Ava, Issa, Lena, Tiffany were just some of black women in film & TV that shone as bright lights during this garbage fire of a year.
I wouldn’t blame you if the first phrase that came to mind when describing 2017 was “garbage fire”. Between the president colluding with foreign agents (allegedly!); Flint still not having clean water, Puerto Rico still not having power, the FCC voting to end net neutrality, the absurd word ban at the CDC, and story after story after story of men in entertainment and journalism sexually assaulting, abusing, and bullying women (and other men), it is hard not to feel exhausted and drained as this year comes to a close.
But even in the midst of all of this foolishness, there have been several bright moments. And when things are this bad, turning to the arts can offer solace and also motivation to keep fighting for what you know to be right. And it is not surprising that it’s black women leading the way in providing those bright moments.
Here are just a few that we noticed as we say goodbye to 2017 and hello to 2018.
With the November release of Mudbound, her sprawling epic film tracing the lives of two families, one black, one white, in post-WWII Mississippi, there has been talk that Rees could very well be the first black woman nominated for a Best Director Academy Award—and it would be richly deserved.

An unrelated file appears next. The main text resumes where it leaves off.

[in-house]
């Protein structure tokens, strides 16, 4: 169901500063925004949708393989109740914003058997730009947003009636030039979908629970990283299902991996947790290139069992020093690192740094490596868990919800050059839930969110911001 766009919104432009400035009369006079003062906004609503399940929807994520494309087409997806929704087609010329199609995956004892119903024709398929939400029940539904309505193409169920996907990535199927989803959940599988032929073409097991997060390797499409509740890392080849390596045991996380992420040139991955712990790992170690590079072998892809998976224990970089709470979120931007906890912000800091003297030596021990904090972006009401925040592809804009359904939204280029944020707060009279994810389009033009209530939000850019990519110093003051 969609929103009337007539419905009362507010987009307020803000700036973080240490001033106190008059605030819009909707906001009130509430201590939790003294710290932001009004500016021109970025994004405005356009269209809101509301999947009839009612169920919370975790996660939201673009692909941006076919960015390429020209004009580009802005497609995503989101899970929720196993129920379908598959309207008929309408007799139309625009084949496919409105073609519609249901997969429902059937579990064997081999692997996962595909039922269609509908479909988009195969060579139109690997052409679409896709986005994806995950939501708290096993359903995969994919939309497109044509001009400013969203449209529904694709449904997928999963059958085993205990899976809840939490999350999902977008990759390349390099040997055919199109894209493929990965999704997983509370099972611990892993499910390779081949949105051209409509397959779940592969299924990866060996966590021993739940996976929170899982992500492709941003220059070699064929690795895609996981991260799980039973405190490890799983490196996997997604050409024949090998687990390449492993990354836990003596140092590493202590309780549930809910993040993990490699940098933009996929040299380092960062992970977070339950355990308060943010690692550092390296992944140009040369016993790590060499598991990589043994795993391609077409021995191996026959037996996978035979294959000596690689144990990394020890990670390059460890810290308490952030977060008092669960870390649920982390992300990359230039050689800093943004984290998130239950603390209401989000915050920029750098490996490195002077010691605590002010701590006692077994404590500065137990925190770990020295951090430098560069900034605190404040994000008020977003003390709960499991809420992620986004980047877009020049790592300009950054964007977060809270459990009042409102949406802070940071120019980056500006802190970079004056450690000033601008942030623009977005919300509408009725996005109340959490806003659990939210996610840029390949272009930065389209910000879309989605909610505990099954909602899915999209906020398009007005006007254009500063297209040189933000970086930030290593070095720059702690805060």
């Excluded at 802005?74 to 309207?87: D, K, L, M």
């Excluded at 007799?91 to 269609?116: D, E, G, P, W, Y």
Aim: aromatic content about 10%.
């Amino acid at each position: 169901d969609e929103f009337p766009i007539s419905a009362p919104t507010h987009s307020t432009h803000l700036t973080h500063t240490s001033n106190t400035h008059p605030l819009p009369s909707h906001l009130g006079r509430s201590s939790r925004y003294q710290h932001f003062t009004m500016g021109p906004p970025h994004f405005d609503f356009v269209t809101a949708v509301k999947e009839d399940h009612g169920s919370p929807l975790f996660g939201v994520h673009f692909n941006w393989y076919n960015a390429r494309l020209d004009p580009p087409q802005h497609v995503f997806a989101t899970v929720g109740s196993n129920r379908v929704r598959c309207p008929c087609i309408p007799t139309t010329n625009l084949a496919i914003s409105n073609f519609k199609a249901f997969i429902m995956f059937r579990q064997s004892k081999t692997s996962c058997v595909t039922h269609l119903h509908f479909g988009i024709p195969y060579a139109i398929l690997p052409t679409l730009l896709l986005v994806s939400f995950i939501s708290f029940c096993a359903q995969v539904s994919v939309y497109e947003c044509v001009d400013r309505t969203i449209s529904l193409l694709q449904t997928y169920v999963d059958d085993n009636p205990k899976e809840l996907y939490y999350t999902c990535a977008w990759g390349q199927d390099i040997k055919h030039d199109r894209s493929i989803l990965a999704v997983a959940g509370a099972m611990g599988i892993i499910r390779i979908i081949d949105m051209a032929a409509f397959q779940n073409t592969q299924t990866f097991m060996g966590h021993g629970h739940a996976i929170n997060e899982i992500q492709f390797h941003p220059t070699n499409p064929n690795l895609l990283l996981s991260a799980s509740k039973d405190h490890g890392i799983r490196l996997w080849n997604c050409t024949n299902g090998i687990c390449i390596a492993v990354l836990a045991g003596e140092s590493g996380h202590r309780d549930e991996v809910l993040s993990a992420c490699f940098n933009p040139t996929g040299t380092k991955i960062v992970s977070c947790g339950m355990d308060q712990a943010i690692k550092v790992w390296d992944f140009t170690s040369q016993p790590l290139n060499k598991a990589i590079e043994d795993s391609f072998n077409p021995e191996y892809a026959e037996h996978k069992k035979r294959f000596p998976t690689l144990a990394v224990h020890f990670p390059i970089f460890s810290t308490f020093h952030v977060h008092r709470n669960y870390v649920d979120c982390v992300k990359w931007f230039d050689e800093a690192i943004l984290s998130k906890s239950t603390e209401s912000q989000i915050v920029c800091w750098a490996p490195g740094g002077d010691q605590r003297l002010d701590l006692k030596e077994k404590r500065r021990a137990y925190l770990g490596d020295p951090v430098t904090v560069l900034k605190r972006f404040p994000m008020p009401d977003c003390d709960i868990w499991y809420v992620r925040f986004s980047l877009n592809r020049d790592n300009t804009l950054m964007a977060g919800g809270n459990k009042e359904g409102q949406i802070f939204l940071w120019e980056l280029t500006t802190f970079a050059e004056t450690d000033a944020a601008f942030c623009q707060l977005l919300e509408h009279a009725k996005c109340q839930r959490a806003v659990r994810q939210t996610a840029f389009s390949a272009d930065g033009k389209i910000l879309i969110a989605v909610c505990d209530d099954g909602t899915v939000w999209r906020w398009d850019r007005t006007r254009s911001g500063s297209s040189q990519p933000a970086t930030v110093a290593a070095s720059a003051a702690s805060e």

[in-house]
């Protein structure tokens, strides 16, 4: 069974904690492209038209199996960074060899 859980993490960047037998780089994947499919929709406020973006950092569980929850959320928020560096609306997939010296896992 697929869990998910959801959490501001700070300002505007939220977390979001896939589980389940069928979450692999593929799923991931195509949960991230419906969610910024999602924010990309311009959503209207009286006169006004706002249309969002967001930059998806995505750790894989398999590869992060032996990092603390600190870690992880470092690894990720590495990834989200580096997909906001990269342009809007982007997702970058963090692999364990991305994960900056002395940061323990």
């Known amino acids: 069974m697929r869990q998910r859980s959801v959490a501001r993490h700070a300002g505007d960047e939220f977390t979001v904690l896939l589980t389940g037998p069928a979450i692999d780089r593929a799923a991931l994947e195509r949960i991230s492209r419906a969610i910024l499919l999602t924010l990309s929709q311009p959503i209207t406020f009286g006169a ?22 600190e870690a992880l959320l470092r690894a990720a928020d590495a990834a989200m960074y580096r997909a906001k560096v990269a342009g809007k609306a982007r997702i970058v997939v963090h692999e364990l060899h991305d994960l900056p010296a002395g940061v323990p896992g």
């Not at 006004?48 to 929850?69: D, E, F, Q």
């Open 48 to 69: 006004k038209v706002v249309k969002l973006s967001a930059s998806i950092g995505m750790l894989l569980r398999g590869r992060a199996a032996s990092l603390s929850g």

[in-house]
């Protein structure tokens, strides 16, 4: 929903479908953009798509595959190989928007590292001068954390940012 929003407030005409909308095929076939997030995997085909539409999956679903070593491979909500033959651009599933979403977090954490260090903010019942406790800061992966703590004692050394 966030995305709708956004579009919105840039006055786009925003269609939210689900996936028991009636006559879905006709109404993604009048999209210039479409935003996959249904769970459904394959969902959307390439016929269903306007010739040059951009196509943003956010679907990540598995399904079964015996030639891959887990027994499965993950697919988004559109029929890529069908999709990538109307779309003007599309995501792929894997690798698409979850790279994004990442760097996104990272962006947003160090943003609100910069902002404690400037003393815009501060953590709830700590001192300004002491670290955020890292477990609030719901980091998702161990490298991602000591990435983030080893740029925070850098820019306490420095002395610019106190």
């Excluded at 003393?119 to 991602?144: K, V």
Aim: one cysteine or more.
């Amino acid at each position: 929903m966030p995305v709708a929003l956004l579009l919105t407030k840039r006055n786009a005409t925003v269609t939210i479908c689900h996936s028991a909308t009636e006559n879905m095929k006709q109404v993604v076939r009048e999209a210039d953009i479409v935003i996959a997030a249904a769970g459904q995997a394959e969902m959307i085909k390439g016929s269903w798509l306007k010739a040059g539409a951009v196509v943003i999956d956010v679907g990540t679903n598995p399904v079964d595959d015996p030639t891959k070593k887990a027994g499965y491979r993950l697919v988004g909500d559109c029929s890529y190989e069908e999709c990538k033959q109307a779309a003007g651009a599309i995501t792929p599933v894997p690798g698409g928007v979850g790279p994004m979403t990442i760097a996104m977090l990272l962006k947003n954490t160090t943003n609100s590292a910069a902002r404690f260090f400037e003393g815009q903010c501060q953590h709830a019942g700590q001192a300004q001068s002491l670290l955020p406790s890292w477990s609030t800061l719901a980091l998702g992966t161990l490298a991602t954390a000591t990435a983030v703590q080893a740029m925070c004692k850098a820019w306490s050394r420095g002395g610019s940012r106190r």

I have often wondered just how the heck Ava DuVernay gets any sleep given how busy she is. In addition to racking up four Emmys for her film about mass incarceration, 13th, she also collected a BAFTA, produced a second season of the absorbing family drama Queen Sugar on OWN, announced she will be making a series about the Central Park Five, and is wrapping up post-production on her adaptation of A Wrinkle in Time— which marks her as the first black woman filmmaker to helm a movie with a $100 million budget. DuVernay’s energy is inspiring and I cannot wait to see her vision on the big and small screens in 2018.
2017 was the Year of Haddish. She starred in the critically and commercially successful Girls Trip, made history as the first black woman stand-up comic to host Saturday Night Live, cemented herself as the best storyteller on the late night talk show circuit, taped a comedy special for Showtime (Netflix, it’s your move now!) and released a book. She’s also set to produce and star in The Oath, a satirical thriller also starring John Cho and if there is any kind of justice in the world, they will be love interests.